Not So Energized

Carter Wood at NAM’s Shopfloor blog points us toward this Examiner editorial on the House’s depressing new energy legislation, which includes $16 billion in new taxes on oil companies:

[This] $16 billion will inevitably be passed on to drivers at the pump, at the same time oil companies should be investing in new technology to extract hard-to-reach domestic deposits. Specifically tailoring the tax benefit to increase domestic production instead of simply eliminating it would have been a much better idea.

Then there’s the stick, a mandate requiring investor-owned utilities to generate at least 15 percent of their electrical power from renewable sources, which now account for only 3 percent of the nation’s energy. This draconian measure will drive consumers’ electric bills up substantially with little corresponding drop in oil use.

Indeed. FreedomWorks President Matt Kibbe signed this recent coalition letter, which also had harsh words for the proposed energy legislation:

At a time when already high energy costs are impairing this country’s economy, why would the House pass legislation that will ultimately increase financial hardships by strangling American energy supply?


It is essential to oppose all legislation that directly interferes with free-market enterprise and the basic fundamentals of a market-driven economy. Command-and-control policies do nothing but increase regulations which halt growth, create artificial markets, and ultimately produce scarcity and higher prices. Any legislative solution must maintain the fundamental principles of America’s free market economy in order to effectively preserve a stable economic system and efficiently provide energy sources for future generations.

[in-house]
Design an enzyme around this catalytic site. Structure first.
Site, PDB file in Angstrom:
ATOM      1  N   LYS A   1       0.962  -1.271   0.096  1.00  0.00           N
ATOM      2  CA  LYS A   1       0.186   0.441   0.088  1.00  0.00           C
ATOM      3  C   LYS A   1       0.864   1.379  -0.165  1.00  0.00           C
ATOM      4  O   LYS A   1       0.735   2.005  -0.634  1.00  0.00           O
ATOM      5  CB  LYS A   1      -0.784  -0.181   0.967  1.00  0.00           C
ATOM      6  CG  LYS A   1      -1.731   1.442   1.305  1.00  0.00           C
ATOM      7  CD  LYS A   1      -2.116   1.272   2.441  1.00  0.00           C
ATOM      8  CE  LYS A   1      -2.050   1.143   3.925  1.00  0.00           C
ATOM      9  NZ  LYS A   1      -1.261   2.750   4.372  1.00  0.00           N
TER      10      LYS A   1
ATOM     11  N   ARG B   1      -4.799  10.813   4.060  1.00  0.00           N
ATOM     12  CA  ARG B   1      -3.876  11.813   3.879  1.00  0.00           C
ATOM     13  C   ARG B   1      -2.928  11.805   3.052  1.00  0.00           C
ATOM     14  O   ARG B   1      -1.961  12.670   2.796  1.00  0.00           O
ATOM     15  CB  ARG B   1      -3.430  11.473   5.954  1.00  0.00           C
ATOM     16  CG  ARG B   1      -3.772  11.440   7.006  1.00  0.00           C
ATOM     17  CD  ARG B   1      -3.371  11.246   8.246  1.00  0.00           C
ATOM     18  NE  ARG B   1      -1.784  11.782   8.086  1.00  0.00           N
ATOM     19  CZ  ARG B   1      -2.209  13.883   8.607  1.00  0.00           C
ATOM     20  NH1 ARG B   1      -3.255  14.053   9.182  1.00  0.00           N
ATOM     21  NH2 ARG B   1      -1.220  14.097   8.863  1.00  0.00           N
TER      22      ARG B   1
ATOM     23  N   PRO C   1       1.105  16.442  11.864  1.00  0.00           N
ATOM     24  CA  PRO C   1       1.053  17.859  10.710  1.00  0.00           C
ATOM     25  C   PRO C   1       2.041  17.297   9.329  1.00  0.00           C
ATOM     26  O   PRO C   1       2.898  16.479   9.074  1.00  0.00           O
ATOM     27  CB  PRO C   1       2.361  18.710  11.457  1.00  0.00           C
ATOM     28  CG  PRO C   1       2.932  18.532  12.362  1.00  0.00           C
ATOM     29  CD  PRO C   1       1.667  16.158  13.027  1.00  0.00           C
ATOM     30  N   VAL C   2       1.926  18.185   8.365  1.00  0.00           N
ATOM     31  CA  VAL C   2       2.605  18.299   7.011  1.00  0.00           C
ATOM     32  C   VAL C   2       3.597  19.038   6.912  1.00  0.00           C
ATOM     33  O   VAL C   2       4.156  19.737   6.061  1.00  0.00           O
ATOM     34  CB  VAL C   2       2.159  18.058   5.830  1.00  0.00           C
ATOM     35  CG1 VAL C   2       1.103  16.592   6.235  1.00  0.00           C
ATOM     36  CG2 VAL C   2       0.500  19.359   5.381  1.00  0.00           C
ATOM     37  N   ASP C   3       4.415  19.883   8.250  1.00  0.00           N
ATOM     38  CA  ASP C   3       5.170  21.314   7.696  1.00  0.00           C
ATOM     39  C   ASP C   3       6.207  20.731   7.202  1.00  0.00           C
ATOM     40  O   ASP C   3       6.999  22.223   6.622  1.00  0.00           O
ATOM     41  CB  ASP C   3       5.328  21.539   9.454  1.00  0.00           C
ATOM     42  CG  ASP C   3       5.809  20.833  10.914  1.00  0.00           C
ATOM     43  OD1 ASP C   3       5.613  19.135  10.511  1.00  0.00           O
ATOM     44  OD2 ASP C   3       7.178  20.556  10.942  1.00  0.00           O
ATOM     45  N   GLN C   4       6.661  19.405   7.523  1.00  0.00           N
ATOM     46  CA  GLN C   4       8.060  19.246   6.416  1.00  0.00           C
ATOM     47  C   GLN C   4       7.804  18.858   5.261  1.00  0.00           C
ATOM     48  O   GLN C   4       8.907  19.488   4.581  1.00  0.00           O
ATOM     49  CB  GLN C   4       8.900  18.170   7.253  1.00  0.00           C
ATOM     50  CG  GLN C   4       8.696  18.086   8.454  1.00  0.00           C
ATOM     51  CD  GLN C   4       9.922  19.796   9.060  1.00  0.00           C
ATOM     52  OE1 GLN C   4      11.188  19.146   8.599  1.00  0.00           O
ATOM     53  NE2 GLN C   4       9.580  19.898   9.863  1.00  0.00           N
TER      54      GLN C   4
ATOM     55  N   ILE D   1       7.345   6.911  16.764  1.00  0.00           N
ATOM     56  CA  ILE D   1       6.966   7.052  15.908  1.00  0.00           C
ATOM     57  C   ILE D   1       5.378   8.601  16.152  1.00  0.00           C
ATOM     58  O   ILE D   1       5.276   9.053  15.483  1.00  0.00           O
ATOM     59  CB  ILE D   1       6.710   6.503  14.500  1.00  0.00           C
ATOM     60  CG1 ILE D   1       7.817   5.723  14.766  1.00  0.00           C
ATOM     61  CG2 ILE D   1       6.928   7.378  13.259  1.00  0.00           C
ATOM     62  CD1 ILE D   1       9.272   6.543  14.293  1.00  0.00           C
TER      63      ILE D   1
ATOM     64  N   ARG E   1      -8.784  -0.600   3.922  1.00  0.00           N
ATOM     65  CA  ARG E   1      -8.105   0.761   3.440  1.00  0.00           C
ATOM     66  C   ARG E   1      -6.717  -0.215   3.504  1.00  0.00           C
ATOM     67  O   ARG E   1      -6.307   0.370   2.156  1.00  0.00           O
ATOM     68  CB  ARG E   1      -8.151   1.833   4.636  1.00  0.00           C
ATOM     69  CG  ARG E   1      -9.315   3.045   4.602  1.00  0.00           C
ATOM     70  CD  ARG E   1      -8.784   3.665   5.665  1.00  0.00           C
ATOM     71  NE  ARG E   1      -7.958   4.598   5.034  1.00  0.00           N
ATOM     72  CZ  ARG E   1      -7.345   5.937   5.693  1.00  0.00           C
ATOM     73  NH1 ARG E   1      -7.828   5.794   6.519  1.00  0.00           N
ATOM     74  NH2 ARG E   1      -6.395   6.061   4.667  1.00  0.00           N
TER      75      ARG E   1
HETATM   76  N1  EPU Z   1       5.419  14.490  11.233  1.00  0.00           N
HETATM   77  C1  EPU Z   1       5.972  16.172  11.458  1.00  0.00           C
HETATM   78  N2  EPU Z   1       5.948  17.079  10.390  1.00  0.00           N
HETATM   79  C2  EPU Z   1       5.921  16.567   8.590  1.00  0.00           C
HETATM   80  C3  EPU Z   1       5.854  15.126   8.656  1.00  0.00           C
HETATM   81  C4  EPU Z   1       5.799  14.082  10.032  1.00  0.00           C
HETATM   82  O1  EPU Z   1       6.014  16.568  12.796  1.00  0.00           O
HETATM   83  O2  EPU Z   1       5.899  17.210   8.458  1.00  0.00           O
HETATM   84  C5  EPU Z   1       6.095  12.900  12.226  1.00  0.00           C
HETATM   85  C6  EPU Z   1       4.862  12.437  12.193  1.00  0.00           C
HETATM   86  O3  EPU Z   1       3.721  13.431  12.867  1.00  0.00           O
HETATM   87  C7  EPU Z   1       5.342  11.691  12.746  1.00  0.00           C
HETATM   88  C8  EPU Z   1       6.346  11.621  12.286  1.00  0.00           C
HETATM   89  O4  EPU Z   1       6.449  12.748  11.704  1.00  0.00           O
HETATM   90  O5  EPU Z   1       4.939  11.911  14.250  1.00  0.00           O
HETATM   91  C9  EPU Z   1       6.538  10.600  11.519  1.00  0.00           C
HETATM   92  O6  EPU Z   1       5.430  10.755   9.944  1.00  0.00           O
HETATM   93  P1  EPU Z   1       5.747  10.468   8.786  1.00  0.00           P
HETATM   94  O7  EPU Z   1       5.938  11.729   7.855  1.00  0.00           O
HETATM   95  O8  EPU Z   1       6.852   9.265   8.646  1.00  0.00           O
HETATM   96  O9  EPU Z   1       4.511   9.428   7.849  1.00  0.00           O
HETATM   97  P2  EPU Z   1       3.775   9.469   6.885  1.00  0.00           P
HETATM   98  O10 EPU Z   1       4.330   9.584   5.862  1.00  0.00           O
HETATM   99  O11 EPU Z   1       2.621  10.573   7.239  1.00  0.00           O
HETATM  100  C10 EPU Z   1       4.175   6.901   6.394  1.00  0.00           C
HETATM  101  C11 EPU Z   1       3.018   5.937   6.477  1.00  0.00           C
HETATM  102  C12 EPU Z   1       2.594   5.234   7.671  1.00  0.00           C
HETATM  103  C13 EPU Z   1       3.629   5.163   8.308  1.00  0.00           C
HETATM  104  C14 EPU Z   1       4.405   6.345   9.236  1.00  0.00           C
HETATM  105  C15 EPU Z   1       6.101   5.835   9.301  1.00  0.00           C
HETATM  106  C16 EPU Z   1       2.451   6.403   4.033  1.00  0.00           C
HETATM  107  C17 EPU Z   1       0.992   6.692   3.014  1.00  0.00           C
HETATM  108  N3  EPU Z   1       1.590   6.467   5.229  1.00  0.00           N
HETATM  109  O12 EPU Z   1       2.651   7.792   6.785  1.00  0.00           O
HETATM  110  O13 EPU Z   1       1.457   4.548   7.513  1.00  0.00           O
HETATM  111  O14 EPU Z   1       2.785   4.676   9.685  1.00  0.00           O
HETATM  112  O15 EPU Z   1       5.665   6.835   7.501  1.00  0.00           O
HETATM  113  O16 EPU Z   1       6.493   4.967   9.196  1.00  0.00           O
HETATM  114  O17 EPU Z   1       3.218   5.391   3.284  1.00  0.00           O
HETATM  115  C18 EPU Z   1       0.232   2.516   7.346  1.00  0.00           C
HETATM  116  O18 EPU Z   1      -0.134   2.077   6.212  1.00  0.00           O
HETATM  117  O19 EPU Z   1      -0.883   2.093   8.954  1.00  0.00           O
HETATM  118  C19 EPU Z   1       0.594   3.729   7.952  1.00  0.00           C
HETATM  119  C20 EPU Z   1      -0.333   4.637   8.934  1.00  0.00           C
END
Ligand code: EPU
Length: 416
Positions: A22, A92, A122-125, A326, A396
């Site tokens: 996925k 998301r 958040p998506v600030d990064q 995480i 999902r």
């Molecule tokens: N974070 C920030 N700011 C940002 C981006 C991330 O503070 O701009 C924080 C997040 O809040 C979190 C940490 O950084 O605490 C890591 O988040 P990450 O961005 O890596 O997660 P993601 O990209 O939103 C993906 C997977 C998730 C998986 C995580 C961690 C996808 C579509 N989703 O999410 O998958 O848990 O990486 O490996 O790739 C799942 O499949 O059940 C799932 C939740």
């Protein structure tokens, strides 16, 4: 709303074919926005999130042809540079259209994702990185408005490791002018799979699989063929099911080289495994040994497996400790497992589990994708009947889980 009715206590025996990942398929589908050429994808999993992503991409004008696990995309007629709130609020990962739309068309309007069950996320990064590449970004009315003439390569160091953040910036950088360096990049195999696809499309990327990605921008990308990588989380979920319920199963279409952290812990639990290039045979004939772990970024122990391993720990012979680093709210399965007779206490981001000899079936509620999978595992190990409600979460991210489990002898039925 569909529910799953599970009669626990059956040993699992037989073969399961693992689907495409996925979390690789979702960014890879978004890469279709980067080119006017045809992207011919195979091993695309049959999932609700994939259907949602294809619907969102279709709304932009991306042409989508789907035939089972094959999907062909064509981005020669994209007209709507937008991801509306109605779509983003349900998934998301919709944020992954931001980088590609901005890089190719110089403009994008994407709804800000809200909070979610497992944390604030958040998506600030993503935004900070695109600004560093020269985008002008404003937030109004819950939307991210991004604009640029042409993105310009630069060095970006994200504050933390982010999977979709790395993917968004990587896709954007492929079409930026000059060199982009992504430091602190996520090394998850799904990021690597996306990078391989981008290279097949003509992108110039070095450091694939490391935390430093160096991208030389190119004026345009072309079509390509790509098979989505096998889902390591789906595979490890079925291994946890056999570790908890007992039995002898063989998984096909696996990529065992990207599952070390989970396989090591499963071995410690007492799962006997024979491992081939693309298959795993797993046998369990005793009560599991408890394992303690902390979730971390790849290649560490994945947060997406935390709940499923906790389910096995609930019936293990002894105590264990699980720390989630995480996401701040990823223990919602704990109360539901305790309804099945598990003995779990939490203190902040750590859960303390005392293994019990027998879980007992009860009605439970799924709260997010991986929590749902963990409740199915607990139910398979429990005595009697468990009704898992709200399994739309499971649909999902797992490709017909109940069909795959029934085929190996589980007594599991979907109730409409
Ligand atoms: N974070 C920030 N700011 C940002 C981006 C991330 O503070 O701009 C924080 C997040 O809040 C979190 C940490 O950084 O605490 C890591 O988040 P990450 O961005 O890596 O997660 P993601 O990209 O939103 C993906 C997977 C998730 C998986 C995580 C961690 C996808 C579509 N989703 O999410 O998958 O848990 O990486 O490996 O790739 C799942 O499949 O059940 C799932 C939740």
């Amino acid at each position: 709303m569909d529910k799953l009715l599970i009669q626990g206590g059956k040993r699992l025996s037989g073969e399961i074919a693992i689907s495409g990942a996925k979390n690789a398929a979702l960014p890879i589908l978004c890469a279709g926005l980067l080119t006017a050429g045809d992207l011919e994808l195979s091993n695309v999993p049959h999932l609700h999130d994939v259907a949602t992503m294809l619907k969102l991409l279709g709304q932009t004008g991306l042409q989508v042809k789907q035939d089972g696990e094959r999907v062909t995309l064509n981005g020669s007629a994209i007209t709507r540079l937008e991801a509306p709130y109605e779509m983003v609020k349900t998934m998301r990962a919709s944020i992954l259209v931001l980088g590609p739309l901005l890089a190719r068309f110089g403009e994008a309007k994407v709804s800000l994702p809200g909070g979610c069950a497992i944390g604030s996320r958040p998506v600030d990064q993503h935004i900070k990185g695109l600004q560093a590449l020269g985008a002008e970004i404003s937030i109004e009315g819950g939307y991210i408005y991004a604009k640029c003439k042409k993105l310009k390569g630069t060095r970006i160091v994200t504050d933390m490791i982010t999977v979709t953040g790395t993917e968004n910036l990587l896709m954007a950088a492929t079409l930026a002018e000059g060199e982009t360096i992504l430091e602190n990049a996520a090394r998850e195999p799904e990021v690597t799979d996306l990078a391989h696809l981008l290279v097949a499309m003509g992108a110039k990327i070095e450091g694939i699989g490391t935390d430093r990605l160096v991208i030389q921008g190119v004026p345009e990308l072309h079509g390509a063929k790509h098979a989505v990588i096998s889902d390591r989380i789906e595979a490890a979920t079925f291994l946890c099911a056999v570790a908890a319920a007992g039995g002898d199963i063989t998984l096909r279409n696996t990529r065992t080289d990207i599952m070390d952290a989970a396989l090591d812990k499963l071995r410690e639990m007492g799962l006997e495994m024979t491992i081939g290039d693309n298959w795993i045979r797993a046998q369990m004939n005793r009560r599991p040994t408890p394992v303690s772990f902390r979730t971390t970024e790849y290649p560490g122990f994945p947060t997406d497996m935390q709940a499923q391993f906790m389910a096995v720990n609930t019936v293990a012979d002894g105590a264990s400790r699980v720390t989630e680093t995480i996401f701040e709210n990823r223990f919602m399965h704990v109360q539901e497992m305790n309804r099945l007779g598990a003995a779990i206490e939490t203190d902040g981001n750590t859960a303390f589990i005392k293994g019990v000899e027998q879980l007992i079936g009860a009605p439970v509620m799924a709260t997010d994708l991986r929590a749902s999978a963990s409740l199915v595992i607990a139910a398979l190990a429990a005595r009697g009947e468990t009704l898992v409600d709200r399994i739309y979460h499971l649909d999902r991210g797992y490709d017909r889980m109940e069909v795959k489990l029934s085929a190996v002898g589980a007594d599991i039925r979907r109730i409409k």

Update: As Ron Bailey points out, the bill is just a diversion by Democratic leaders to try to convince the public that they’ve "done something" about global warming. Despite their dire–and often laughably inflated–rhetoric about impending global warming doom, even they have realized that the costs associated with most global warming legislation is far more than the benefits it provides, and, just as importantly for elected leaders, than the public will tolerate. Here’s Bailey:

In fact, Rep. John Dingell (D-Mich.) who heads up the House Energy and Commerce Committee threatened to propose a carbon tax last month. Dingell’s proposal is an attempt to call the Democratic leaders bluff on energy policy. He hopes that such a tax will fail. As he told C-Span, “I sincerely doubt that the American people will be willing to pay what this is really going to cost them.” The Democrats on Capitol Hill evidently agree with Dingell. So in an attempt to fool the public about their real goal—boosting energy prices—Congressional Democrats cobbled together 786 pages of energy mandates and subsidies.